• Better Clarity on Investment – The retail investor will have a better picture of how his funds are invested as the categorization is accurate. The fund manager will not be able to drift to investments that do not suit the MF scheme intent or objectives.

ONE MAJOR IMPACT THAT WE MAY REALISE LATERCategorisation & Rationalisation have a major impact on alpha generation capabilities of ‘active’ funds. Even fund managers are secretly accepting that it will be tough for them to generate alpha in large-cap funds. I keep saying Alpha Gone Index On. I think the time has come to introduce at least 5-10 % large cap index fund in your portfolio. Check an old article on ETF & a recent article on DSP Black Rock Equal Nifty Index Fund.

What Should I Do As A Retail Investor Now?

  • Check the Investment Strategy and investment structure. If it has not changed much, you can continue to be invested in the scheme.
  • Check the Investment Objective. If it remains same, you need not tweak your MF portfolio. But if it has changed and does not match with your financial goals, you might want to reduce your investment in it or exit from it. But do invest in another MF Scheme that suits your financial plan. Do not let your money remain idle.
  • Evaluate your portfolio and see if it matches with your investment plan. The new categorization helps to look at the investments objectively and helps one understand the MF schemes and their investment strategy and structure better. For example, debt funds are more structured right now and this will help you in managing your Debt MF portfolio better.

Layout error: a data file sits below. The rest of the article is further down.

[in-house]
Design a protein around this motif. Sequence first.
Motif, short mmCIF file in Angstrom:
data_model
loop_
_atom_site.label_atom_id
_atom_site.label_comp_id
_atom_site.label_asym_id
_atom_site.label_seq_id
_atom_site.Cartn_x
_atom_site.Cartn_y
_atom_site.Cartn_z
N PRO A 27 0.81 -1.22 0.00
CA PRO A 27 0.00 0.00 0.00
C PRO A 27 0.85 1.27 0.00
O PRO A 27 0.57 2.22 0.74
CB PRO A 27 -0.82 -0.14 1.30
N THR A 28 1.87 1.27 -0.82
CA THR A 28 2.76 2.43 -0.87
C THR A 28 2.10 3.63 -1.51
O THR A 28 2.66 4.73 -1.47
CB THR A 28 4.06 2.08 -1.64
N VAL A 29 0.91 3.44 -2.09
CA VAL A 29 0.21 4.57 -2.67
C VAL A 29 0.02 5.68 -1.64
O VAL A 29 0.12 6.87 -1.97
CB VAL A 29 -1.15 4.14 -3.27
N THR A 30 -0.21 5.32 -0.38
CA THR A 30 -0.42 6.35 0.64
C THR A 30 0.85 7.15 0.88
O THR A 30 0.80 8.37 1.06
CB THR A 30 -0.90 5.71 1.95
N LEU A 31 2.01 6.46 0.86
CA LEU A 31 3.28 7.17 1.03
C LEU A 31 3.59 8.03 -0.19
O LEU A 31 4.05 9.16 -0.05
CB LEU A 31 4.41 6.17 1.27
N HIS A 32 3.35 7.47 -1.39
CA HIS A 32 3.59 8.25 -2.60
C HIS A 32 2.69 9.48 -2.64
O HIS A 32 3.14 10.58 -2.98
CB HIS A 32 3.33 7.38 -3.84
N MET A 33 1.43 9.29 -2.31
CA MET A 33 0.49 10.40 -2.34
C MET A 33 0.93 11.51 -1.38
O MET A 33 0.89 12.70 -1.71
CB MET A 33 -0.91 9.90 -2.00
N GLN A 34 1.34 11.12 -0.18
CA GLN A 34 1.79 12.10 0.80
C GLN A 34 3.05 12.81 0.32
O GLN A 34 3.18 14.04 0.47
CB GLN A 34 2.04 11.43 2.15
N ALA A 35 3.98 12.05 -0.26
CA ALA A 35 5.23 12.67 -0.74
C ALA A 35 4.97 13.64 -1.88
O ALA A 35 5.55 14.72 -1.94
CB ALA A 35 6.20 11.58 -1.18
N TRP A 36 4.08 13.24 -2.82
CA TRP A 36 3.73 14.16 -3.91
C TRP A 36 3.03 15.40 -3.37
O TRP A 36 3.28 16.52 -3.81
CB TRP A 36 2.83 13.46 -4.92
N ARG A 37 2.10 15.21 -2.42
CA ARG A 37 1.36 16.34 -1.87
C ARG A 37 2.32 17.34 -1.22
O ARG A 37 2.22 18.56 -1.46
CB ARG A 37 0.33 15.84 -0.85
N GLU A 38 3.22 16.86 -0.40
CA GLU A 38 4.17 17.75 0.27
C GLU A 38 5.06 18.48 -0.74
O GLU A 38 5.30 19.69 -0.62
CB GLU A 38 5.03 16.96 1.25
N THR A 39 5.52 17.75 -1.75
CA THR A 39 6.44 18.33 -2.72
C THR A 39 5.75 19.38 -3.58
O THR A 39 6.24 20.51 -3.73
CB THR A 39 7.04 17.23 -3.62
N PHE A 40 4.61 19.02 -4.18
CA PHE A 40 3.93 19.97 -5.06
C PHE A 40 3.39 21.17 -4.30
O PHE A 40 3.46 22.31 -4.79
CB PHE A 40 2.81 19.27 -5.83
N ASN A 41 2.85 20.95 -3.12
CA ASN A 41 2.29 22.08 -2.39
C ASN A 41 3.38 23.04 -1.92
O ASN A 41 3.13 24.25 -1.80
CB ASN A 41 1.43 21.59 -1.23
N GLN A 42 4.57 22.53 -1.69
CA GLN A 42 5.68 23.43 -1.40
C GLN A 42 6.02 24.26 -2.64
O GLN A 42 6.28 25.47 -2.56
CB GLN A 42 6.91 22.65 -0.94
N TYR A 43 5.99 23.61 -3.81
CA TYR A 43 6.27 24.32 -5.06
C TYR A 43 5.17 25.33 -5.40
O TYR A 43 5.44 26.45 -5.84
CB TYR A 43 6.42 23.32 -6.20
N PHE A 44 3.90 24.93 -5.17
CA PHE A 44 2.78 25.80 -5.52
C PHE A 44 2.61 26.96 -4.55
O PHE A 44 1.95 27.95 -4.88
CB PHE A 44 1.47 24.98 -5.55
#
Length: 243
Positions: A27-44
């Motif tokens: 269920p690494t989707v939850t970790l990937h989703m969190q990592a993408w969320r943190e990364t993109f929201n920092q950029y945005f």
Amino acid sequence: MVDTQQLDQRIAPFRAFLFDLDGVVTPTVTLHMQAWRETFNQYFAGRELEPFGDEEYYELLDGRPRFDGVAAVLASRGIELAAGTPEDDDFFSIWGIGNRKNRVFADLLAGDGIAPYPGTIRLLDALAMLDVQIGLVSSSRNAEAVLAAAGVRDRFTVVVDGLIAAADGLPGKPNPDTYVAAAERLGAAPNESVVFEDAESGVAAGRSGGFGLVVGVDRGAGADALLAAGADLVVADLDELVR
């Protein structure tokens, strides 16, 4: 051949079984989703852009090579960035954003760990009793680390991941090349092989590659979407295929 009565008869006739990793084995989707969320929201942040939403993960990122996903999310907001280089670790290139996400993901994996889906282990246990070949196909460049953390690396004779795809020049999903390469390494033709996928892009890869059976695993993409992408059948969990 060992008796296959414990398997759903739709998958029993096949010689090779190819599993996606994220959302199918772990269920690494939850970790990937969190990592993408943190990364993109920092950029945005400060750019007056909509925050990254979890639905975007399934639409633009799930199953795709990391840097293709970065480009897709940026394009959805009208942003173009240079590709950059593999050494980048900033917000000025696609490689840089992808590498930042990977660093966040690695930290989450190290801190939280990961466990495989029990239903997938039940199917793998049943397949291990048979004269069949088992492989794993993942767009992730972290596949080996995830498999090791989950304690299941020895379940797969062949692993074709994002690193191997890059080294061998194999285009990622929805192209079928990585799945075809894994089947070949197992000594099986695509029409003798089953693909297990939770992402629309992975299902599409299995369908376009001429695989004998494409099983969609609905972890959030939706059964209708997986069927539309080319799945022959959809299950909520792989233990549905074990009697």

• If the MF investment strategy has changed a lot due to the re-categorization, it might not make sense to compare with past returns. So you need to evaluate it differently.
  • Do not rush to buy and sell MF schemes. Check for a period of 3-6 months as to how your investment portfolio is performing and then take a decision. Unless there is drastic underperformance or significant change in investment objectives, you can adopt a wait and watch policy.
  • Check the expenses you will incur in case you exit out of certain schemes and enter other schemes. There was a period of exit window available during which no exit load will be charged if applicable. Also, consider taxation.

The new classifications might have short-term upheaval but in the long-term it is a step towards arming investors with more knowledge and bringing uniformity in the MF industry.

Let me know if you have already rejigged your portfolio. If you have any questions – feel free to add in the comment section.

Previous articleNominee Versus Legal Heir
Next articleIncomplete Details – Even Then, File your Income Tax Returns
Hemant Beniwal is a CERTIFIED FINANCIAL PLANNER and his Company Ark Primary Advisors Pvt Ltd is registered as an Investment Adviser with SEBI. Hemant is also a member of the Financial Planning Association, U.S.A and registered as a life planner with Kinder Institute of Life Planning, U.S.A. He started his Financial Planning Practice & TFL Guide Blog in 2009. "The Financial Literates" is a dream & mission to make Indians Financial Literate.

5 COMMENTS

  1. I waited two months to let the dust around this exercise to settle down. Reviewed my portfolio afterwards and then exited one scheme – HDFC Credit Risk Fund. My original investment was in HDFC Regular Savings fund. Post being recategorized as a credit risk fund, it didn’t fit in with the risk expectations I had associated with that investment.

LEAVE A REPLY

Please enter your comment!
Please enter your name here